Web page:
Summer running: Quick and easy tips to avoid injury

Posted by Jess Brehmer, M.D.
June 18, 2014

Summer running

Spring and summer often are the most popular times of the year for people to be active. And with the winter we just had, I expect this spring and summer to be no different. As the weather starts to warm up, people often take their workouts outside, especially running. With all of the 5K, 10K, triathlon, half-marathon and marathon events available, people are eager to participate and get in shape. Whether you're trying to squeeze in a run before or after work to keep the pounds off or you are in full-on training mode for that up-coming marathon, following are a few things to remember to avoid injuries.

If you're just starting a new running regimen, start slow with low intensity and shorter distances. Once you are comfortable with that, gradually increase the intensity and distance. Commonly, injuries occur with those who do too much, too soon.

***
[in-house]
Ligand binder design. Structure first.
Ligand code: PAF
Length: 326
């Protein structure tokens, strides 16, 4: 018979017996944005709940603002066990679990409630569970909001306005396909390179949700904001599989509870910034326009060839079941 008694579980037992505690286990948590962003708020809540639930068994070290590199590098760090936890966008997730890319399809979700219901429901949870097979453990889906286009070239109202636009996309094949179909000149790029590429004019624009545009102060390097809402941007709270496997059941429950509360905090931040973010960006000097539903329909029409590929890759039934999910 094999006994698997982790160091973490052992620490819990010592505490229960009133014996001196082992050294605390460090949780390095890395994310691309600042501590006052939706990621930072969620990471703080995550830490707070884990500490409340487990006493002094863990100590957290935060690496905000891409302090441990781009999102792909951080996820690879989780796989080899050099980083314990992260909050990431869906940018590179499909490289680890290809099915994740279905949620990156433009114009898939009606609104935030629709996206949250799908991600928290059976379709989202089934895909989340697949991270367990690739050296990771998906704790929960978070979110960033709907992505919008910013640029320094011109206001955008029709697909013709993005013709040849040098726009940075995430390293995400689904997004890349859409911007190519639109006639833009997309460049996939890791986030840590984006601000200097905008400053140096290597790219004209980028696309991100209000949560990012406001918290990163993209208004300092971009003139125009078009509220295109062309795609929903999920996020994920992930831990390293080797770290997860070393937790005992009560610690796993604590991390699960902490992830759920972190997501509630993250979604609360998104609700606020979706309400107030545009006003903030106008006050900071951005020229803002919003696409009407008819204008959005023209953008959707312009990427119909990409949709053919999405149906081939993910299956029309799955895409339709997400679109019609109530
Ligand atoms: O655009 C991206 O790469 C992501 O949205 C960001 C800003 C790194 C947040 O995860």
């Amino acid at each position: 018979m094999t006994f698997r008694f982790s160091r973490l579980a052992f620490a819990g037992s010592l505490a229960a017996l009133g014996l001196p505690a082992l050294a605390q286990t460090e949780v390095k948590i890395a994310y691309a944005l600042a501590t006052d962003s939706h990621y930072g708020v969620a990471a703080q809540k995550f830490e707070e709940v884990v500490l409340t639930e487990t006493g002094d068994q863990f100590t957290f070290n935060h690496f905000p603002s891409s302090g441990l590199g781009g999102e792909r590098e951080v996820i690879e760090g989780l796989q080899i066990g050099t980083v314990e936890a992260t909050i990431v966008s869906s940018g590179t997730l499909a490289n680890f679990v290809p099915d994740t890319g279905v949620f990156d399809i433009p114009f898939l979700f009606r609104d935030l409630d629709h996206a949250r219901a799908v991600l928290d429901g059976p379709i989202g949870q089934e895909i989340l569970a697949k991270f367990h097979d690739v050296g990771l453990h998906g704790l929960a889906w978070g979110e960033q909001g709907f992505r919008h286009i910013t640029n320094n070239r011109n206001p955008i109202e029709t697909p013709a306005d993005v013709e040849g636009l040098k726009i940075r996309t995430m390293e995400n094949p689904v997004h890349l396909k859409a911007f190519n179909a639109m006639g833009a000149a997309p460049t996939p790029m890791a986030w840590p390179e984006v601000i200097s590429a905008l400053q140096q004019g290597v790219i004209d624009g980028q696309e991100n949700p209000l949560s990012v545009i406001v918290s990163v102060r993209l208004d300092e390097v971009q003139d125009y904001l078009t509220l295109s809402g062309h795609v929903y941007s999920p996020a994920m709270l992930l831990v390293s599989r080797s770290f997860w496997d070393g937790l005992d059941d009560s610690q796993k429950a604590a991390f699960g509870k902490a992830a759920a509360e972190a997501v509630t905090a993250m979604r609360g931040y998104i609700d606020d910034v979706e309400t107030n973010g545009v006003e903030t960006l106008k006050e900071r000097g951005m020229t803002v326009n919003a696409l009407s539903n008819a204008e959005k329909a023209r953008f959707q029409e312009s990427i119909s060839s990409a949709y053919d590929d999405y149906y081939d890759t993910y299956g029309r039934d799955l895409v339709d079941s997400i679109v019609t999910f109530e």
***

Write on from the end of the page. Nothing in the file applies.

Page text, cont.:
Make sure you have good supportive footwear. Are you still wearing that same pair of shoes you wore last year and the year before? New supportive running shoes with proper fit, cushion and support will help you go the distance.

Ensure you get proper nutrition. Eating a well-balanced diet daily and getting appropriate fluid and electrolyte replacement before and after your run will allow your body to perform as it needs to. This will help you reach your goals.

Make sure you warm up properly before and after your run. This will help avoid cramps, sprains and strains.

Run with a friend. The support and accountability provided by a friend will get you through the tough times so you don’t get discouraged and will help you stay on track with your training.

Plan your runs to accommodate dangerous heat and humidity during the summer. You may need to change the time you run to avoid dangers of heat exhaustion and heat stroke. Running early in the morning or later in the evening when temperatures are cooler is something to consider.

Avoid dangerous situations by staying hydrated during your runs on hot, humid days. This may require that you bring a hydration pack or water bottle with you. Other options include having someone meet you along your route or have specific checkpoints on your route where you stop for fluids.

Wear proper reflective gear if you’re planning to run near traffic, especially at night.

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